SportsPulse: The Warriors kept their season (and dynasty) alive with a thrilling Game 5 in Toronto. But it all pales in comparison to what happened to Kevin Durant.
TORONTO — He was brilliant, and then he was broken. He was valiant and then, in the split-second of one false move on a fragile muscle, he was a cautionary tale.
Kevin Durant should not have played in Game 5 of the NBA Finals.
We will talk for a long time about everything that happened here Monday night: the shock of Durant’s injury in the second quarter, the jubilation of a crowd in Toronto whose team had one hand on the trophy with three minutes to go and the utter dismay at how the Golden State Warriors dug a little deeper to send this series back to Oakland for Game 6.
But the decision to play Durant, who suffered what might very well be a serious Achilles injury, is one that should haunt everyone associated with the Warriors no matter what happens the rest of this series.
“I don’t believe there’s anybody to blame, but I understand it’s this world,” Warriors president of basketball operations Bob Myers said, trying to hold back tears. “And if you have to, you can blame me.”
It was a scene unlike anything that has ever happened at the NBA Finals. Steve Kerr, the Warriors coach, was clearly shaken, unsure how to process the pain of watching Durant go down and the pride of seeing his team somehow rescue a game that seemed lost to keep this series going.
Asked whether he had any regrets about bringing Durant back into the series after a month-long recovery from a right calf injury, Kerr said only that he would leave it to Myers. And when Myers got to the podium for a post-game news conference, he stared straight ahead and his voice shook. He said it was a “collaborative decision” to come back and that after multiple MRI exams and doctors visits, the team was confident that Durant was healthy enough to come back.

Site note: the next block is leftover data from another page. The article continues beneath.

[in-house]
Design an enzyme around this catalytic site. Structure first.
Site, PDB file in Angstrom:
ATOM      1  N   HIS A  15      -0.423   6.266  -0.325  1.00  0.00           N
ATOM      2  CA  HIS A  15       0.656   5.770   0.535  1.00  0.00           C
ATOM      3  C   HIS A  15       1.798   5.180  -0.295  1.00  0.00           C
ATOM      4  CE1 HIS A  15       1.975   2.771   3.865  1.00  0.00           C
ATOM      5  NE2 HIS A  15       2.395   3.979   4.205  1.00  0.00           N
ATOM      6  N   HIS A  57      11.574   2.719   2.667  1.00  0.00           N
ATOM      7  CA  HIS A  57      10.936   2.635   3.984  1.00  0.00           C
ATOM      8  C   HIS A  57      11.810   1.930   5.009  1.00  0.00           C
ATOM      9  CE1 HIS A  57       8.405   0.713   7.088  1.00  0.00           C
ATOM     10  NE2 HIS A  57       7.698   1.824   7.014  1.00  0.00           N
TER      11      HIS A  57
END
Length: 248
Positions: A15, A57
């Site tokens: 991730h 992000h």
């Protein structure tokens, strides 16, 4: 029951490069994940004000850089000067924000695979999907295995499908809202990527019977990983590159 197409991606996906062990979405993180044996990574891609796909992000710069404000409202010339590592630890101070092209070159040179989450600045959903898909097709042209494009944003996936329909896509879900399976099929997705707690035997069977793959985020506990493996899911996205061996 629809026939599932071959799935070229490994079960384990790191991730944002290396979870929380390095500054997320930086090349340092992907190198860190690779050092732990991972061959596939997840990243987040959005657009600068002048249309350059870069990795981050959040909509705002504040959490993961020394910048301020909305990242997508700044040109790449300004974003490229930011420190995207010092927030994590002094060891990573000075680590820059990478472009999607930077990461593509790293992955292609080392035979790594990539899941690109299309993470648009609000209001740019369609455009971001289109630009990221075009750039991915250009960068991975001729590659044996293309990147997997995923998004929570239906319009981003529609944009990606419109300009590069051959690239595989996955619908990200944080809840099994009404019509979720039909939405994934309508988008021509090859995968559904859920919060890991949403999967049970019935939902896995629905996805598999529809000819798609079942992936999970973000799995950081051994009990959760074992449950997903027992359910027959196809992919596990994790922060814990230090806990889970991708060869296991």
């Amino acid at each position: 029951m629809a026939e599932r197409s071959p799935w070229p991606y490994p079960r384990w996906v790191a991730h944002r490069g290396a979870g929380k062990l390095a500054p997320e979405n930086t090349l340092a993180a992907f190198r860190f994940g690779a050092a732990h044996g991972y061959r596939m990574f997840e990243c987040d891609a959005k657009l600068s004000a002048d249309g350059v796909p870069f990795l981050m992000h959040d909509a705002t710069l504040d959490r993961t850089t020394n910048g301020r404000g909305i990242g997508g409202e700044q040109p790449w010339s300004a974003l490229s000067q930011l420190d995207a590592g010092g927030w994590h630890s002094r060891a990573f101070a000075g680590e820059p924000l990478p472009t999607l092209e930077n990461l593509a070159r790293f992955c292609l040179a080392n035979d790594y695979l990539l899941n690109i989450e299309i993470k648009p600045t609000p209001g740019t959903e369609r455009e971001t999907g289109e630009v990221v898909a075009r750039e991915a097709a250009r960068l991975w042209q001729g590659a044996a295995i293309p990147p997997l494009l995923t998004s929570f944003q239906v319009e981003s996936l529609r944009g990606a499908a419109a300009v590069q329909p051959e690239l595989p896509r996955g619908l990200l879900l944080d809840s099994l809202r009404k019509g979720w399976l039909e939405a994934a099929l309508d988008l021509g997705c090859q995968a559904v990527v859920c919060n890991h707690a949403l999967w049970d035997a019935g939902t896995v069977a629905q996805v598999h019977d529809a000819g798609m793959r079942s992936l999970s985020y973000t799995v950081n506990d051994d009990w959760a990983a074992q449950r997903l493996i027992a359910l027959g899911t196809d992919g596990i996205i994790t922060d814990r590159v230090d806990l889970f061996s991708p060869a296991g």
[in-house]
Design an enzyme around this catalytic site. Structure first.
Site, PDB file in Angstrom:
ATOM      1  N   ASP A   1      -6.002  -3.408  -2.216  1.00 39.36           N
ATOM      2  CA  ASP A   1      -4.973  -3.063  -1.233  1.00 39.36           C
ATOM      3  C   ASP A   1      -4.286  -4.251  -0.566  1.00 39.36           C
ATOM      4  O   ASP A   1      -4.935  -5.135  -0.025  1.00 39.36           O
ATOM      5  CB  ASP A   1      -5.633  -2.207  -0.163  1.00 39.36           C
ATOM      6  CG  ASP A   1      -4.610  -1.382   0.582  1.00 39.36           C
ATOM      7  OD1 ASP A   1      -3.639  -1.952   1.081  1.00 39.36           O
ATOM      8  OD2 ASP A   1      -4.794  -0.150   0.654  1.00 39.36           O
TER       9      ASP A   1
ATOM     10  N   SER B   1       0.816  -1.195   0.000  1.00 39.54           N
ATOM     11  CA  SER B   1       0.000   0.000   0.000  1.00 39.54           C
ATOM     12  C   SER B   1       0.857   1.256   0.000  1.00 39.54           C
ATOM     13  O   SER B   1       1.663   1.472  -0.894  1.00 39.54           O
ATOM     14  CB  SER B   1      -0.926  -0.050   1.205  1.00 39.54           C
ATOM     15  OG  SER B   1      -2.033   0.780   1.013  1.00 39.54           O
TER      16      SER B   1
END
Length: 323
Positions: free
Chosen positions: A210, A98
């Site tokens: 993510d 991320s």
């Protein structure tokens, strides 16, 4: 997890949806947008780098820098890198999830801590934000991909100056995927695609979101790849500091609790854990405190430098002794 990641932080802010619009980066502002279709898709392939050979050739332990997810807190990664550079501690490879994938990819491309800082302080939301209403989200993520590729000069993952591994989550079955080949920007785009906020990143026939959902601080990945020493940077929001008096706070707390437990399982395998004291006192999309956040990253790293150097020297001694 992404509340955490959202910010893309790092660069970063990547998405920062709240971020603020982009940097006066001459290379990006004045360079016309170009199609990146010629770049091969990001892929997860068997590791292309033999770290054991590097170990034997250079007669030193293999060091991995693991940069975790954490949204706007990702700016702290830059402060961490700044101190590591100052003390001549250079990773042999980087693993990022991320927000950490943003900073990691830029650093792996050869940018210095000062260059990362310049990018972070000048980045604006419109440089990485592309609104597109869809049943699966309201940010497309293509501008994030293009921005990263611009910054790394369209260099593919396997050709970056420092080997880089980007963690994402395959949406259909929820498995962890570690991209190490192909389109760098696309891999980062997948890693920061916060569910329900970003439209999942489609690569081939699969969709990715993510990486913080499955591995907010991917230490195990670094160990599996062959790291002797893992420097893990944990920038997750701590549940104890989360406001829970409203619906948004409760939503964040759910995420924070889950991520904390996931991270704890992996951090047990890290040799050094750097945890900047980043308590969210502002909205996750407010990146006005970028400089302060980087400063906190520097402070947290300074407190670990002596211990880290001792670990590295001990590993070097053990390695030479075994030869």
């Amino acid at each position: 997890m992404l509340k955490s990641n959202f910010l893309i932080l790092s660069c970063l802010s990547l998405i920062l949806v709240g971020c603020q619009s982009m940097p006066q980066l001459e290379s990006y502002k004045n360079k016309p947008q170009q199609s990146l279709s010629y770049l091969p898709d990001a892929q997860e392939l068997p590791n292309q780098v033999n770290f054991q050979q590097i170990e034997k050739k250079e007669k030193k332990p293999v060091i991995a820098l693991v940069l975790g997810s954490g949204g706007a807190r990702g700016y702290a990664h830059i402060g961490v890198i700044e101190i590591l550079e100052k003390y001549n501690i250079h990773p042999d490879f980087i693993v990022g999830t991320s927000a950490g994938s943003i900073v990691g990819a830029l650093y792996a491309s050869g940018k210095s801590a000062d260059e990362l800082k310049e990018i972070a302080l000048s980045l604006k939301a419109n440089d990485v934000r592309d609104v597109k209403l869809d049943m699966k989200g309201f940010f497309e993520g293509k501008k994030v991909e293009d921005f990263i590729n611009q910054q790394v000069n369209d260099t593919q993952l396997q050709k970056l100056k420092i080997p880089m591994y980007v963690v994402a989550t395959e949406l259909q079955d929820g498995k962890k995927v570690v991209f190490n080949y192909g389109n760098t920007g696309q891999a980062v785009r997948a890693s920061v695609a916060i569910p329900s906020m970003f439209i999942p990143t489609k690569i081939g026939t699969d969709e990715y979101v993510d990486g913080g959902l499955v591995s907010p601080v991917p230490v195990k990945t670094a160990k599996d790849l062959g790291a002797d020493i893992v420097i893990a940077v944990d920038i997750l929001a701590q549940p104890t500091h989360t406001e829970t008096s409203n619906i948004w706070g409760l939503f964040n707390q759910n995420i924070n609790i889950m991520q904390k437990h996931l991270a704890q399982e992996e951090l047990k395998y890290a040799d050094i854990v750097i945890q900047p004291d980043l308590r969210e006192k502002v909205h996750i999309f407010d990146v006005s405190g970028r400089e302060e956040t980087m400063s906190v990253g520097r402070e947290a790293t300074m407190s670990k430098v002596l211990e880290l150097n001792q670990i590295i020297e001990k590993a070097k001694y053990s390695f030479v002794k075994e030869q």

We’ll have to wait for the official diagnosis on Tuesday before we know how serious the injury was. And even then, the human body is such that we may never be completely sure whether the injury Durant suffered after playing 11 minutes, 57 seconds of basketball was caused because the one he suffered a month earlier with the same leg hadn’t fully healed, leaving his Achilles vulnerable to a tear.
But it sure seemed that way, didn’t it, as he immediately grabbed at his Achilles after a non-contact play where he tried to make a lateral move with the ball.
“I really felt for him,” Toronto Raptors coach Nick Nurse said. “I know he probably wasn’t 100 percent and gave it a shot and just made kind of a move on his own and went down kind of on his own without a collision or landing on something, so you knew it was probably not good.”
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Now here’s where we offer all the caveats that the details of the calf strain Durant suffered on May 8 were never revealed publicly, and Golden State’s highly experienced medical staff had far more information and training than those of us in the peanut gallery.